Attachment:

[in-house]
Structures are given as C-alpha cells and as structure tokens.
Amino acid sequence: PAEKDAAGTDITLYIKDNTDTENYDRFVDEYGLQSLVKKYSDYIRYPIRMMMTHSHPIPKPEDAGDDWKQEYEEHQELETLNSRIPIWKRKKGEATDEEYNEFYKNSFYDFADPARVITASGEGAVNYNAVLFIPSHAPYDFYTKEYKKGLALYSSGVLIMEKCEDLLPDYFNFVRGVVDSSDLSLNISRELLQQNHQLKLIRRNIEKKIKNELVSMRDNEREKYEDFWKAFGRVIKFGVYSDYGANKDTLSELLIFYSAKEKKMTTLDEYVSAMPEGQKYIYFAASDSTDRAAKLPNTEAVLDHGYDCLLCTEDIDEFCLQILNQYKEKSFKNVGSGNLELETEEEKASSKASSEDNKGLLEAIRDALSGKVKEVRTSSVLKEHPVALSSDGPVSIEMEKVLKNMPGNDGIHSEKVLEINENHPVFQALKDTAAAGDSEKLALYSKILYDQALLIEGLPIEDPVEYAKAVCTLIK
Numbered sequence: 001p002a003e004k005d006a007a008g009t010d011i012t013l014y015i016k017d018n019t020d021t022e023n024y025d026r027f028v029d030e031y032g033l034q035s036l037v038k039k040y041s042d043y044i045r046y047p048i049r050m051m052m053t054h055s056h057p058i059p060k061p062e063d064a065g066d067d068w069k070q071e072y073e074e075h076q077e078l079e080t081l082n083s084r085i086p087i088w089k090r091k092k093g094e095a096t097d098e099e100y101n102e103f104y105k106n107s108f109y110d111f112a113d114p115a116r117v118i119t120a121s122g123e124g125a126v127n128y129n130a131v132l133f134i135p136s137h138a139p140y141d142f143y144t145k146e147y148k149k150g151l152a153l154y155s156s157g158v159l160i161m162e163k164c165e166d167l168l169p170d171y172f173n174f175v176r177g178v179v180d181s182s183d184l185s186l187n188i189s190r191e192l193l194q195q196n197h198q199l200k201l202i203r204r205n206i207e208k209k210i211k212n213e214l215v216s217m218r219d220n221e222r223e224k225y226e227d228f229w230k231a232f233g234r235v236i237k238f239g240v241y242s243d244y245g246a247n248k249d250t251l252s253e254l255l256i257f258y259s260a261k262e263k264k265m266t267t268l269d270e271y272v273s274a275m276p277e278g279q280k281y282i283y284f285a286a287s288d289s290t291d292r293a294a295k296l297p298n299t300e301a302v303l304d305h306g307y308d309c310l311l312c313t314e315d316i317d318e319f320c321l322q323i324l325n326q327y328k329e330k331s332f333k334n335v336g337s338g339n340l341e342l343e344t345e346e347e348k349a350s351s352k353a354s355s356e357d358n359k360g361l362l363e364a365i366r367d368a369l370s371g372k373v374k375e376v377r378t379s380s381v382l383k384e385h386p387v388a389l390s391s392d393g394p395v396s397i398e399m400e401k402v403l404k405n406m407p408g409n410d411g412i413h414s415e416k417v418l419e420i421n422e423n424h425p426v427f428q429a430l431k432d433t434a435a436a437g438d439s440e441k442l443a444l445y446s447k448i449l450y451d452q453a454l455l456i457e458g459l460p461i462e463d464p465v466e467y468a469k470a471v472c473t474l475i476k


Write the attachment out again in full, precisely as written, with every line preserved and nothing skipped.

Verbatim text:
[in-house]
Structures are given as C-alpha cells and as structure tokens.
Amino acid sequence: PAEKDAAGTDITLYIKDNTDTENYDRFVDEYGLQSLVKKYSDYIRYPIRMMMTHSHPIPKPEDAGDDWKQEYEEHQELETLNSRIPIWKRKKGEATDEEYNEFYKNSFYDFADPARVITASGEGAVNYNAVLFIPSHAPYDFYTKEYKKGLALYSSGVLIMEKCEDLLPDYFNFVRGVVDSSDLSLNISRELLQQNHQLKLIRRNIEKKIKNELVSMRDNEREKYEDFWKAFGRVIKFGVYSDYGANKDTLSELLIFYSAKEKKMTTLDEYVSAMPEGQKYIYFAASDSTDRAAKLPNTEAVLDHGYDCLLCTEDIDEFCLQILNQYKEKSFKNVGSGNLELETEEEKASSKASSEDNKGLLEAIRDALSGKVKEVRTSSVLKEHPVALSSDGPVSIEMEKVLKNMPGNDGIHSEKVLEINENHPVFQALKDTAAAGDSEKLALYSKILYDQALLIEGLPIEDPVEYAKAVCTLIK
Numbered sequence: 001p002a003e004k005d006a007a008g009t010d011i012t013l014y015i016k017d018n019t020d021t022e023n024y025d026r027f028v029d030e031y032g033l034q035s036l037v038k039k040y041s042d043y044i045r046y047p048i049r050m051m052m053t054h055s056h057p058i059p060k061p062e063d064a065g066d067d068w069k070q071e072y073e074e075h076q077e078l079e080t081l082n083s084r085i086p087i088w089k090r091k092k093g094e095a096t097d098e099e100y101n102e103f104y105k106n107s108f109y110d111f112a113d114p115a116r117v118i119t120a121s122g123e124g125a126v127n128y129n130a131v132l133f134i135p136s137h138a139p140y141d142f143y144t145k146e147y148k149k150g151l152a153l154y155s156s157g158v159l160i161m162e163k164c165e166d167l168l169p170d171y172f173n174f175v176r177g178v179v180d181s182s183d184l185s186l187n188i189s190r191e192l193l194q195q196n197h198q199l200k201l202i203r204r205n206i207e208k209k210i211k212n213e214l215v216s217m218r219d220n221e222r223e224k225y226e227d228f229w230k231a232f233g234r235v236i237k238f239g240v241y242s243d244y245g246a247n248k249d250t251l252s253e254l255l256i257f258y259s260a261k262e263k264k265m266t267t268l269d270e271y272v273s274a275m276p277e278g279q280k281y282i283y284f285a286a287s288d289s290t291d292r293a294a295k296l297p298n299t300e301a302v303l304d305h306g307y308d309c310l311l312c313t314e315d316i317d318e319f320c321l322q323i324l325n326q327y328k329e330k331s332f333k334n335v336g337s338g339n340l341e342l343e344t345e346e347e348k349a350s351s352k353a354s355s356e357d358n359k360g361l362l363e364a365i366r367d368a369l370s371g372k373v374k375e376v377r378t379s380s381v382l383k384e385h386p387v388a389l390s391s392d393g394p395v396s397i398e399m400e401k402v403l404k405n406m407p408g409n410d411g412i413h414s415e416k417v418l419e420i421n422e423n424h425p426v427f428q429a430l431k432d433t434a435a436a437g438d439s440e441k442l443a444l445y446s447k448i449l450y451d452q453a454l455l456i457e458g459l460p461i462e463d464p465v466e467y468a469k470a471v472c473t474l475i476k